When we return home, Ralph’s sitting on our back porch smoking a pipe. He’s wearing brown corduroys and a long-sleeved flannel shirt, and when he sees us riding into the backyard he gets up at the slow rate his arthritis allows. We’ve never called Ralph Grandpa but always think it, and now he’s standing there with his arms crossed, that stupid pipe clenched between his lips.
“And where have you two been?” he asks. His old voice is raspy, and it’s a surprise he hasn’t yet fallen victim to lung cancer. “I’ve been waiting almost an hour.”
This makes me pause, and I can’t help glancing at Laddie’s grave near the back of the yard. Has Ralph noticed it?
“An hour?” I hear myself say. “What time is it?”
I glance at Ty, but my brother’s not paying attention; instead he’s staring straight back at Ralph. And why not? Right now the only thing on his mind is revenge, and the old man standing in front of us is only going to complicate the situation.
“We were out riding,” Ty says, his voice normal and flat. “What’s up?”
Ralph smiles. “Oh, nothing. Just wanted to come by and see if you’d like some lunch. Your parents told me to watch after you boys, and while I know you both can handle yourselves, I still felt I should play the role of babysitter.”
Ty shakes his head. “We ate already.”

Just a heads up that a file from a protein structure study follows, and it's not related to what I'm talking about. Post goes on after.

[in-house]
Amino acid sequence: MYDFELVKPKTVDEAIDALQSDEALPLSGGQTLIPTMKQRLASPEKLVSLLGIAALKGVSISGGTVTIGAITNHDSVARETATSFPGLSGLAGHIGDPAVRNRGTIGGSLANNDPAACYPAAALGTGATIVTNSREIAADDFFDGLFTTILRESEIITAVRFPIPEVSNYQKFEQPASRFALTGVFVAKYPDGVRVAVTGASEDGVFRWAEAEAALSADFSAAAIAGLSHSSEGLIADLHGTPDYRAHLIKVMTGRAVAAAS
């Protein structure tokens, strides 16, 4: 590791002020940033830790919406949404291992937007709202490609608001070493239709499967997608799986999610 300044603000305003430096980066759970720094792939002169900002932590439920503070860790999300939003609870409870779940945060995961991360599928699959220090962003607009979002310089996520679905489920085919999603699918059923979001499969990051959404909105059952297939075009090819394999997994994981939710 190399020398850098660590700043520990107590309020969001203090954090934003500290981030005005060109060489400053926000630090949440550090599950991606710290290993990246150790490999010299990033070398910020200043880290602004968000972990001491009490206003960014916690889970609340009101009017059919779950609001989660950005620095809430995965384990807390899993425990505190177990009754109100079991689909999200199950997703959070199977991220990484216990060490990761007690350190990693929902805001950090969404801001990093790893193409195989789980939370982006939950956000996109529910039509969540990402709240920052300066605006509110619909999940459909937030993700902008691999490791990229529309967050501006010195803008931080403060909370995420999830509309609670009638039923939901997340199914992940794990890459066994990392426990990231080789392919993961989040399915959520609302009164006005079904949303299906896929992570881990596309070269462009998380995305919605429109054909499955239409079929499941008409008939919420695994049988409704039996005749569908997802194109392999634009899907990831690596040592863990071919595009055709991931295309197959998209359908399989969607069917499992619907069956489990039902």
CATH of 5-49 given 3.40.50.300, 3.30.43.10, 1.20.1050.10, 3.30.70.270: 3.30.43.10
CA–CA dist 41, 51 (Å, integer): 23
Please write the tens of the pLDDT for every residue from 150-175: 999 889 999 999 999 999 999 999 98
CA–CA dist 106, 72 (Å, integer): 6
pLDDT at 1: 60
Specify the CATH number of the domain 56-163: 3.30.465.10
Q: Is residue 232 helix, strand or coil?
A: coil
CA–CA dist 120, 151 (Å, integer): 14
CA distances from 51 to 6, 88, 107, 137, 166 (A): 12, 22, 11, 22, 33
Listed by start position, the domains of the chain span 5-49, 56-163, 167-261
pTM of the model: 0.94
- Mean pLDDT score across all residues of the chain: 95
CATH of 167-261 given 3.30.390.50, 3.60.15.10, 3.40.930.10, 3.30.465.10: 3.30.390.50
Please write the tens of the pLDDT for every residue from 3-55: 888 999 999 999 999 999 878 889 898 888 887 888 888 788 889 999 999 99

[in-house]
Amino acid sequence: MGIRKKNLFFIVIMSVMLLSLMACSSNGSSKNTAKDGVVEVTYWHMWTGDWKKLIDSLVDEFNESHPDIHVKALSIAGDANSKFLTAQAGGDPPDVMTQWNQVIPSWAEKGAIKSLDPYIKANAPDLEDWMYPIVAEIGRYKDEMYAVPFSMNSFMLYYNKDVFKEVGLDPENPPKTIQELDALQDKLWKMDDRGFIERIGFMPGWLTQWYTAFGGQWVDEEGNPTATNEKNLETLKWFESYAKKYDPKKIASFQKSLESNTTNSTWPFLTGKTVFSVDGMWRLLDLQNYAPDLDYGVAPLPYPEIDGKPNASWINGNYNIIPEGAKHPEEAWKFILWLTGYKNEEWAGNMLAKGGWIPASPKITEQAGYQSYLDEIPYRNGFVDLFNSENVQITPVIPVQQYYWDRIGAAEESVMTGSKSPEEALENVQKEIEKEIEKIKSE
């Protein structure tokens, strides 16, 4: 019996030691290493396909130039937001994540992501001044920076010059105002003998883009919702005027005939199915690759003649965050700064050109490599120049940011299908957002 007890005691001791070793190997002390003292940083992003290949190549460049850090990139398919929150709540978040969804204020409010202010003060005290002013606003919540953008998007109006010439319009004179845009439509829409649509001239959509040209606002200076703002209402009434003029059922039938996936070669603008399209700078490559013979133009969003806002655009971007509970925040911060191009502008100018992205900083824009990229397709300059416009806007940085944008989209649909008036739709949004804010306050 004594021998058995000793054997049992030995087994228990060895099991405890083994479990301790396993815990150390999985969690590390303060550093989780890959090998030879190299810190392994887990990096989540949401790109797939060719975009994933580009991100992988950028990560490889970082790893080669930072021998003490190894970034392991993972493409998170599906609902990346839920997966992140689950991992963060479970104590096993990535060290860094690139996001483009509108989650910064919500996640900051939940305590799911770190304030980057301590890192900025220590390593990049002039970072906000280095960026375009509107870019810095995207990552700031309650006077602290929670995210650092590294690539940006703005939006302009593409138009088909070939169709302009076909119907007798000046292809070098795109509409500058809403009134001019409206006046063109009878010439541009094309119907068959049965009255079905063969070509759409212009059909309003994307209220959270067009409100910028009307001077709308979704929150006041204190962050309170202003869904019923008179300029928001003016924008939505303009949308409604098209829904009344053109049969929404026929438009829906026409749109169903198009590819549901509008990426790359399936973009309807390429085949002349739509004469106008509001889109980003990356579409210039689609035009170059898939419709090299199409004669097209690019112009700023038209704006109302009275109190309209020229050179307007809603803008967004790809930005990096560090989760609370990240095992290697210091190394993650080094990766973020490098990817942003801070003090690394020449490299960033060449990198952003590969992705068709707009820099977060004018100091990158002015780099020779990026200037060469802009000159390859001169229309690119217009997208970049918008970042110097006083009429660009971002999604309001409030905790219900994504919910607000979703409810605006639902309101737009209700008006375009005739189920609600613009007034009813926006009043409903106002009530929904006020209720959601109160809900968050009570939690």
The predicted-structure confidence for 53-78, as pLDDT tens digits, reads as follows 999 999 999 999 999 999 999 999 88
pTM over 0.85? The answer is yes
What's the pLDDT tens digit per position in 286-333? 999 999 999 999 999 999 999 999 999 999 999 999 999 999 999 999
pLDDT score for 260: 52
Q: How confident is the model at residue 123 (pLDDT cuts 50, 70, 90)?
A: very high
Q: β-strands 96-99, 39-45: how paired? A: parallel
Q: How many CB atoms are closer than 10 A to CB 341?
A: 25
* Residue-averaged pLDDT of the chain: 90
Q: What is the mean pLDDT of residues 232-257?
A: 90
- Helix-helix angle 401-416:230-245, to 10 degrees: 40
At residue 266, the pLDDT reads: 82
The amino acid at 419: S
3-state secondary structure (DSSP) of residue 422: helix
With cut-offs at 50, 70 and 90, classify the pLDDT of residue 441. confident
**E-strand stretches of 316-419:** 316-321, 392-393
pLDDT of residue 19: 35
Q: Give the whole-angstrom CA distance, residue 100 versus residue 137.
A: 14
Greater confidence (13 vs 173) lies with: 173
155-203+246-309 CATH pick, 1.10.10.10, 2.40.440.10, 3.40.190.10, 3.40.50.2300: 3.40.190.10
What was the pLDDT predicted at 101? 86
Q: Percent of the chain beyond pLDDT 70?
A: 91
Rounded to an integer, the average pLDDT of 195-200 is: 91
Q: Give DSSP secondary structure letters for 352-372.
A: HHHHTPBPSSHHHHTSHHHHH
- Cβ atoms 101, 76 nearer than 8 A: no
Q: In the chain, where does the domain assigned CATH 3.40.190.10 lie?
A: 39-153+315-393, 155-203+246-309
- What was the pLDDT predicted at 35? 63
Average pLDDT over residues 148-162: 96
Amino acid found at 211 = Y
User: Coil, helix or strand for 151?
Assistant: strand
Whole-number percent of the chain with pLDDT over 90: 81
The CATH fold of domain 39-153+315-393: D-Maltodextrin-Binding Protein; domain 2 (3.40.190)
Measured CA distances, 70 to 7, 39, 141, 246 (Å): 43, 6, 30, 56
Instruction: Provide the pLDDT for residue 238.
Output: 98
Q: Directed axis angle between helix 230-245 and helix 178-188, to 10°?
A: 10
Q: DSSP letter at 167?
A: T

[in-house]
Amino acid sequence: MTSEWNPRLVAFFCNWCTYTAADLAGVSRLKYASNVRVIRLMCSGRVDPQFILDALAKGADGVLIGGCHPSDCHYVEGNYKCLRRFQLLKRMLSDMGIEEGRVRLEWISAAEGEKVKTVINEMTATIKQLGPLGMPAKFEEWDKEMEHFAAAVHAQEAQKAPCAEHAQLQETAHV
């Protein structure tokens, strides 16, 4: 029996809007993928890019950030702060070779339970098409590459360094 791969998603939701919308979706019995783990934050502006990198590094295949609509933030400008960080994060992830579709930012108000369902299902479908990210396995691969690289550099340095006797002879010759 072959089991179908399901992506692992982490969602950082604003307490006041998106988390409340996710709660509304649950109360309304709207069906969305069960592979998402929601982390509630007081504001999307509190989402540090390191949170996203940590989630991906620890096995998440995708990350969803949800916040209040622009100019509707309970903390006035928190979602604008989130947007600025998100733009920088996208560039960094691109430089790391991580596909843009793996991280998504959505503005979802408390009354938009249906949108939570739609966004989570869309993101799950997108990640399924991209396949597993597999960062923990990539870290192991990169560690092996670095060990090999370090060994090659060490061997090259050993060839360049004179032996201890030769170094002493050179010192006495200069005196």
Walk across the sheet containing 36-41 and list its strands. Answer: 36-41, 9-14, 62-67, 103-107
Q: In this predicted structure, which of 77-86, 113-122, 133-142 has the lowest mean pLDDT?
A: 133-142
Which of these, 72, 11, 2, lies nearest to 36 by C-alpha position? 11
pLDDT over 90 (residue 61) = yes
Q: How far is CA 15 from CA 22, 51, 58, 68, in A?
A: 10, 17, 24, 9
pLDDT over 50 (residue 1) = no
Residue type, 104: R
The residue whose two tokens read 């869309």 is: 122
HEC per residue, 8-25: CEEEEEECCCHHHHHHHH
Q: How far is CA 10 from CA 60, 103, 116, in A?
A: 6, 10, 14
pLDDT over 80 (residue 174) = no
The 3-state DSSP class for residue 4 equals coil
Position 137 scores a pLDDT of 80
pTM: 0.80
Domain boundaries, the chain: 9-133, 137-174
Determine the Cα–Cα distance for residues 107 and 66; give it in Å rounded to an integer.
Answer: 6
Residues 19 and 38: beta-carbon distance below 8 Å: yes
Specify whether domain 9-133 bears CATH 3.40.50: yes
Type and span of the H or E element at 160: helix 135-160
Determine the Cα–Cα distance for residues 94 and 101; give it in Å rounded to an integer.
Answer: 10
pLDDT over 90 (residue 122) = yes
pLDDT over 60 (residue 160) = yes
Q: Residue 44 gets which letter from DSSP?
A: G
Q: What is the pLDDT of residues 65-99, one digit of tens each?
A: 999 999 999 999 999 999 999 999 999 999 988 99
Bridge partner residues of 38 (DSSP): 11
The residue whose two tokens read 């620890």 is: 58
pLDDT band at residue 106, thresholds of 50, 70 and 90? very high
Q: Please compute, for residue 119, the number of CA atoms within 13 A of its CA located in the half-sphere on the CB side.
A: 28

Ralph shrugs. “That’s fine, that’s fine. No worries here.” He pauses, glances around the yard (how hasn’t he noticed the grave?) and says, “Say, where’s Laddie? I haven’t seen him around all day. Isn’t he with you?”
And those two questions, I realize, are what is going to set my brother off the edge. Just the mention of his best canine friend will release more tears, and Ty will start sobbing, and then Ralph with know something’s wrong. He’ll ask, he’ll try to find out just what it is, and then everything will come out.
For a moment, I really do wish for my brother to cry.
But Ty doesn’t. He frowns, looks like he’s trying to think, and then shakes his head. “You know, I haven’t seen him all day either. I don’t know, maybe he’s out in the woods or something.”
I can do nothing but stand there shocked, amazed that my little brother is able to lie so easily. Maybe under different circumstances I’d feel proud to call him my kin, but not now. For some reason the idea that Ty can act this way makes me sick to my stomach.
Ralph seems content with this answer, though it really makes no sense, because he has to know that Laddie is always around, he never goes off on his own. But the old man just nods and tells us to have a good day, to stay out of trouble. Then, with a parting grin, he starts off next door.
We watch him until he’s gone, and I turn and look at Tyler. He looks at me. He sighs, and there’s something in that sigh that seems to add another ten years to his body.
“Okay,” he says. “Let’s hurry.”